Referring to FIG. 2, the apparatus of a station will be described. Loop interface unit 50 receives frames (to be fully described hereinafter) passing around the loop either on loop bus 17 or alternate loop bus 18 (during the bypass function to be described hereinafter). The frames received by loop interface unit 50 will be passed there through and out onto the loop bus 17 or will be transferred to a staging buffer 51 by way of the frame-in bus 60. Staging buffer 51 serves as a temporary storage for each byte of data passed into the station from the loop. During the one clock cycle that a byte of data is store in staging buffer 51 decisions are made by the header control 112 (FIGS. 5 and 10) as to the identity and the validity of the byte. The byte is then passed to staging buffer 52 which stores the byte for one more clock cycle during which decisions are made based on the identity of the bit to store the byte in receive buffer 56 or pass the byte into elastic buffer 53. The byte is passed into the receive buffer if the frame containing the byte is addressed to this loop station. The byte is passed onto the elastic buffer if the frame containing the byte is to be passed onto another station on the loop. The receive buffer 56 contains a one-byte wide, 256-byte deep buffer array. Sixteen sets of two consecutive 8-byte buffer sections in receive buffer 56 are designated A-buffer and B-buffer, respectively. These A and B buffers are reserved for frames received from the loop with addresses designating that the frame is to be received by this station. Elastic buffer 53 which is 16-bytes deep is used to store a frame of information which is to be passed onto the next succeeding station during the time that the frame out bus 61 is busy transmitting data onto the loop bus 17. When the frame out bus 61 becomes inactive, elastic buffer 53 will transmit the frame along line 71 through the output gate 54 onto the frame-out bus 61, and from there onto the loop bus 17 to the next station on the loop. Each byte of data within a frame which is designated by address for reception by a specific station, e.g., 1, will be stored into that station's receive buffer 56 into the proper A or B buffer selected by control unit 59 according to the address of the originating station until all 8 bytes of incoming data are stored. Data to be transmitted to processor 21 (see also FIG. 1) is transferred from the receive buffer 56 onto the line 66 into the processor interface 58. The details of the transfer of data to and from processor interface 58 will be described hereinafter in connection with FIG. 4. Processor interface 58 receives data from processor 21 by I/O bus 41, and transmits this data to the send buffer 57 through line 67. The size and partitioning of the send buffer 57 are the same as described above for the receive buffer 56. Also, control information is passed from processor interface 58 to the control unit 59 through line 62. Frames from output gate 54 are transferred onto the frame-out bus 61 and also transmitted to the check character generator 55 which generates a longitudinal redundancy check character for each frame and transfers this check character to the frame out bus by way of line 70 and output gate 54.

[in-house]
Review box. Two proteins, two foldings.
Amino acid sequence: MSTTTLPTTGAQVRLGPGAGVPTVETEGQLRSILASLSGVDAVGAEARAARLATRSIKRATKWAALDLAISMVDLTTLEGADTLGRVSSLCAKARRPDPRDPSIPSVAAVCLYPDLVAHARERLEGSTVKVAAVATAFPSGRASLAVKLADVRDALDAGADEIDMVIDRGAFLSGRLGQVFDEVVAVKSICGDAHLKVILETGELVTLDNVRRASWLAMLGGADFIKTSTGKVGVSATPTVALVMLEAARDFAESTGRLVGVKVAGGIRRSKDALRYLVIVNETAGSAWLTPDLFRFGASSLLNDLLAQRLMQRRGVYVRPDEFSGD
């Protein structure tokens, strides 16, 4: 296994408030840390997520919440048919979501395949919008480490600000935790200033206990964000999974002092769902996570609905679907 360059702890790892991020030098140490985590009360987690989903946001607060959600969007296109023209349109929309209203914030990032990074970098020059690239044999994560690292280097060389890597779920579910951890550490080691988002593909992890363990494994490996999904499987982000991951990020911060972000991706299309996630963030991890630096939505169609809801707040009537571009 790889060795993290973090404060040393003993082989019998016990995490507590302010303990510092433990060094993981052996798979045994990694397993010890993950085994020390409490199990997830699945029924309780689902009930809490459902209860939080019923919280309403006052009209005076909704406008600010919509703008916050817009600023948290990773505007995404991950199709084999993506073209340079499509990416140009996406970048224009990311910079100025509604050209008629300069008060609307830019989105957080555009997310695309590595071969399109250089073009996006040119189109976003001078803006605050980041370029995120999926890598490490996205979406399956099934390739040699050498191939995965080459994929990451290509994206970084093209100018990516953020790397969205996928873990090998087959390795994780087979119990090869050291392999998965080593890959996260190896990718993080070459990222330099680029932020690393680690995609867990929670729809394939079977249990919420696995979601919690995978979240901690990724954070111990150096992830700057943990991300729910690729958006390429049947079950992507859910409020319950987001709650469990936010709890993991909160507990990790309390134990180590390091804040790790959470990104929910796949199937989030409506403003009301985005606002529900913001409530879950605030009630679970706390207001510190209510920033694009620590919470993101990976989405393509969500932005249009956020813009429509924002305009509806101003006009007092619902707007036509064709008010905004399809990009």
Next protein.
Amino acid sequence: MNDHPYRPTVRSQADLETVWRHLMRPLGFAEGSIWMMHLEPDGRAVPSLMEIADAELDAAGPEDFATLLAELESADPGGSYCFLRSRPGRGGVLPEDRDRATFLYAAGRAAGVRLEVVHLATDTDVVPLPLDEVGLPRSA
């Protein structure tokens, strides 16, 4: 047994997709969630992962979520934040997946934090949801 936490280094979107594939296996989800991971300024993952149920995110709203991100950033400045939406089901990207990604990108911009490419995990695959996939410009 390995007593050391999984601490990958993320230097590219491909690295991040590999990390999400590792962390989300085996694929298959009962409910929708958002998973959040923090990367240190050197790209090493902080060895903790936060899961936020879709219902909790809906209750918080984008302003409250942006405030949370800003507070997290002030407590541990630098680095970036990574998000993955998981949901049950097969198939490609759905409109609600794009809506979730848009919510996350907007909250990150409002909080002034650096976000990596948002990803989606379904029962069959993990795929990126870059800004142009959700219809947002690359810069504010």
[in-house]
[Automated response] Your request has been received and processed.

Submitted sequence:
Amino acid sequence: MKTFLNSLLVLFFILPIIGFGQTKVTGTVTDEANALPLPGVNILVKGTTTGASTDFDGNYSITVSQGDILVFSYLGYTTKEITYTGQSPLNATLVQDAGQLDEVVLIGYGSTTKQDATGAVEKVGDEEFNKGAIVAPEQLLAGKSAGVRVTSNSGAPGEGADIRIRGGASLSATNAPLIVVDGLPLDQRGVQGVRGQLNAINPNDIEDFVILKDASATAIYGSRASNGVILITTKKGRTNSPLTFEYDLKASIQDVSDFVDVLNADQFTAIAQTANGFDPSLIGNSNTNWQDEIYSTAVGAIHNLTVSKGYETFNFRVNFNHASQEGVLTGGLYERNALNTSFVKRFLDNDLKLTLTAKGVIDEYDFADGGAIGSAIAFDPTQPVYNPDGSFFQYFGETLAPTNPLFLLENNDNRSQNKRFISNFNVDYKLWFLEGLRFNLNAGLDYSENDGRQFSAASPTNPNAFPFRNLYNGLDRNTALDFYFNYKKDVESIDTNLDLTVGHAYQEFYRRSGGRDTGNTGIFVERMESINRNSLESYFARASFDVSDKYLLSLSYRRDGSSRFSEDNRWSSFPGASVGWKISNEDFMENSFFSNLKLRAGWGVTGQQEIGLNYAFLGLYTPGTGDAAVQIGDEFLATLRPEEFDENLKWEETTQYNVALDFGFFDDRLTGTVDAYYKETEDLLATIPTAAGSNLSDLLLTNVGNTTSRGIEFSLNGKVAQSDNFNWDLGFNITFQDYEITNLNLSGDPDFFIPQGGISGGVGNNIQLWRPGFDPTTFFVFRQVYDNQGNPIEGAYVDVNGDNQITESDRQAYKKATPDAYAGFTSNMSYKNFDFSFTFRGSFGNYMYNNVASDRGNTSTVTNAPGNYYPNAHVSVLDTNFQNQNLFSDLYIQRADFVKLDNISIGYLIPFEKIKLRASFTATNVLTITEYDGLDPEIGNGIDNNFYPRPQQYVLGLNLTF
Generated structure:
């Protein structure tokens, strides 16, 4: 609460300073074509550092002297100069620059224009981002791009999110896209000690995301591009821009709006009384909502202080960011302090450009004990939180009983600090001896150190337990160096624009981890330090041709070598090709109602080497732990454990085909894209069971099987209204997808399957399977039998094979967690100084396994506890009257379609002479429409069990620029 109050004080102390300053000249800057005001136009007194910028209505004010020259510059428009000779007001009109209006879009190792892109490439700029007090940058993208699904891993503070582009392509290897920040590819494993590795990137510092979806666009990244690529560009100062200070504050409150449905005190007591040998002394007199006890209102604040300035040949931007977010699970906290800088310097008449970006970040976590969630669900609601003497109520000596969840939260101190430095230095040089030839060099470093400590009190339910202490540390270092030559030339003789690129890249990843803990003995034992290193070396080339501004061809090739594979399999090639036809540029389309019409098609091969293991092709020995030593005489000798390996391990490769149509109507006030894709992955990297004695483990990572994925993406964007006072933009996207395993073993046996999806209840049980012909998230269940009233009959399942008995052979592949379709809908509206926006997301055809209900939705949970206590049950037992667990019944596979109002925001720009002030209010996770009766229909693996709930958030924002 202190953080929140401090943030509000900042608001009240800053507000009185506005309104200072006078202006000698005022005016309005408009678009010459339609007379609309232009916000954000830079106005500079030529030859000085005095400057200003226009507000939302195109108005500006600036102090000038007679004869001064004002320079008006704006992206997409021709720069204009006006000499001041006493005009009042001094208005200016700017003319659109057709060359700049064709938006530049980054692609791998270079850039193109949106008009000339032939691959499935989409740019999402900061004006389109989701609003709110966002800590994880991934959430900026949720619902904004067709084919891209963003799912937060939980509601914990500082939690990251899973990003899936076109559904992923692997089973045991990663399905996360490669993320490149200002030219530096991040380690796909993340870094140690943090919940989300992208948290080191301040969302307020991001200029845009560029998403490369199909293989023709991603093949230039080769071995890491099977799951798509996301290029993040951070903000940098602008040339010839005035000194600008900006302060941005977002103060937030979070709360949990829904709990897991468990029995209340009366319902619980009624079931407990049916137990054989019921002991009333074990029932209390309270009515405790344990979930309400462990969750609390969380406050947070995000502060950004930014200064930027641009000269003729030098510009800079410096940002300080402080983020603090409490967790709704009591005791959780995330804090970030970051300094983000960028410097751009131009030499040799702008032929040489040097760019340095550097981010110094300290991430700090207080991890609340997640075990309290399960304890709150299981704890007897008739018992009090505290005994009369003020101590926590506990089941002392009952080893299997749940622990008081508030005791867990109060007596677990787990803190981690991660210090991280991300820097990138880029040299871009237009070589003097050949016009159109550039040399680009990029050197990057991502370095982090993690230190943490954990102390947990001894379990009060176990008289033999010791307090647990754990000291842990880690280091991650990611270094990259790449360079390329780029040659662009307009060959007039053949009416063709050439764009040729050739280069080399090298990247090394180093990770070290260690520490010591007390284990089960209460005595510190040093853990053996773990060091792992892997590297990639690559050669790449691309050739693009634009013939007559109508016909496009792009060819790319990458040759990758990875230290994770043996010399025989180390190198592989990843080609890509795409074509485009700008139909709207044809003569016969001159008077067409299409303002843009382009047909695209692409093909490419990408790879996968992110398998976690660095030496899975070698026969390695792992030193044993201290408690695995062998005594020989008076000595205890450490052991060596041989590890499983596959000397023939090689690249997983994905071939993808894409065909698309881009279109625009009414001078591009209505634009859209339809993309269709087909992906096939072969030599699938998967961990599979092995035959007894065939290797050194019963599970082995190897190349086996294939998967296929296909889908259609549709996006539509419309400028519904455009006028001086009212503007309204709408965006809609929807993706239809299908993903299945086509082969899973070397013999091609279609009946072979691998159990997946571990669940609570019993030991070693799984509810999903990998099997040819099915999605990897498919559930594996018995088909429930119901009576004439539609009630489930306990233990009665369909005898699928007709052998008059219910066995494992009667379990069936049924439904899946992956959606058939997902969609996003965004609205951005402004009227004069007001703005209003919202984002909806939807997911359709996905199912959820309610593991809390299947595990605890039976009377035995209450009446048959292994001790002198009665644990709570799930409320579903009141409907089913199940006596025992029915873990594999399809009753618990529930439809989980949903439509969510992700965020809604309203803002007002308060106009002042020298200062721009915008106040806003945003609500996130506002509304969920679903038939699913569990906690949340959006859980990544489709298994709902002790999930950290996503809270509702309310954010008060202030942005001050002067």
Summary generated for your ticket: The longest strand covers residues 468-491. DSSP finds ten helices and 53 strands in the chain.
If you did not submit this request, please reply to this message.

Referring to FIG. 3, the loop interface unit 50 (see also FIG. 2) performs the frame-in/frame-out function, the bypass function, and the clock generator function.
The loop busses 17 and 18 each include ten parallel lines with nine lines carrying digital data and one line carrying clock bits. In the normal mode, the nine data lines of loop bus 17 are read into a station (e.g., station 1) through the normally closed points of bypass switch 70-1 through input selection receiver 73 and onto the frame-in bus 60. Frames to be transmitted from the station are sent through frame-out bus 61, output driver 77, the normally closed points of bypass switch 70-5, and onto the loop bus 17 to the next succeeding loop interface unit 50. Frames transmitted from the station are also sent through output driver 78, the normally closed points 70-6, and onto alternate loop bus 18. The clock signals on the loop bus 17 are gated through the normally closed points of bypass switch 70-3, from line 81 through input selection receiver 74, line 85, and to the clock generator 72. The clock signals are also gated into clock detect 71 by way of line 81.